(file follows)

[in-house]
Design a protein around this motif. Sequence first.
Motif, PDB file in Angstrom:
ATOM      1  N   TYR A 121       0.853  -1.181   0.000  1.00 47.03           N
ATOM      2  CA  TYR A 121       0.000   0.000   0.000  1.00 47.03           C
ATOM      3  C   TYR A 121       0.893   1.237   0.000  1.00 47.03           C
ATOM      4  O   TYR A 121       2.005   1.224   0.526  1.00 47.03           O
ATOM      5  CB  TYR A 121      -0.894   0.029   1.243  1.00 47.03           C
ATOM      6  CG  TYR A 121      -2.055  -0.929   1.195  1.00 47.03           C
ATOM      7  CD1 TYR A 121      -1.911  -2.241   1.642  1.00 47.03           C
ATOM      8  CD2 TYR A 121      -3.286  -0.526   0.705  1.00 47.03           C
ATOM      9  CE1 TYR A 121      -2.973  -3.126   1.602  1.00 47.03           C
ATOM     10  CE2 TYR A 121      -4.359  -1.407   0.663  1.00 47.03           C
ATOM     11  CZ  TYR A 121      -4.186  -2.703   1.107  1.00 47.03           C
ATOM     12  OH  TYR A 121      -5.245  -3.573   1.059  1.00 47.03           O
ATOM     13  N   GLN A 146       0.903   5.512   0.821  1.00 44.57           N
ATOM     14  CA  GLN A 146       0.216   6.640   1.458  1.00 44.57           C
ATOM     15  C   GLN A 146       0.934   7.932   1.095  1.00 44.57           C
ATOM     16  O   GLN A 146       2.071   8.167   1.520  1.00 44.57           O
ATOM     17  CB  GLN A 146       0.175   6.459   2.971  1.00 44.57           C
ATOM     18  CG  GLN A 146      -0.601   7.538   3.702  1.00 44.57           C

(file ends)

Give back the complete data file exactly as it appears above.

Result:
[in-house]
Design a protein around this motif. Sequence first.
Motif, PDB file in Angstrom:
ATOM      1  N   TYR A 121       0.853  -1.181   0.000  1.00 47.03           N
ATOM      2  CA  TYR A 121       0.000   0.000   0.000  1.00 47.03           C
ATOM      3  C   TYR A 121       0.893   1.237   0.000  1.00 47.03           C
ATOM      4  O   TYR A 121       2.005   1.224   0.526  1.00 47.03           O
ATOM      5  CB  TYR A 121      -0.894   0.029   1.243  1.00 47.03           C
ATOM      6  CG  TYR A 121      -2.055  -0.929   1.195  1.00 47.03           C
ATOM      7  CD1 TYR A 121      -1.911  -2.241   1.642  1.00 47.03           C
ATOM      8  CD2 TYR A 121      -3.286  -0.526   0.705  1.00 47.03           C
ATOM      9  CE1 TYR A 121      -2.973  -3.126   1.602  1.00 47.03           C
ATOM     10  CE2 TYR A 121      -4.359  -1.407   0.663  1.00 47.03           C
ATOM     11  CZ  TYR A 121      -4.186  -2.703   1.107  1.00 47.03           C
ATOM     12  OH  TYR A 121      -5.245  -3.573   1.059  1.00 47.03           O
ATOM     13  N   GLN A 146       0.903   5.512   0.821  1.00 44.57           N
ATOM     14  CA  GLN A 146       0.216   6.640   1.458  1.00 44.57           C
ATOM     15  C   GLN A 146       0.934   7.932   1.095  1.00 44.57           C
ATOM     16  O   GLN A 146       2.071   8.167   1.520  1.00 44.57           O
ATOM     17  CB  GLN A 146       0.175   6.459   2.971  1.00 44.57           C
ATOM     18  CG  GLN A 146      -0.601   7.538   3.702  1.00 44.57           C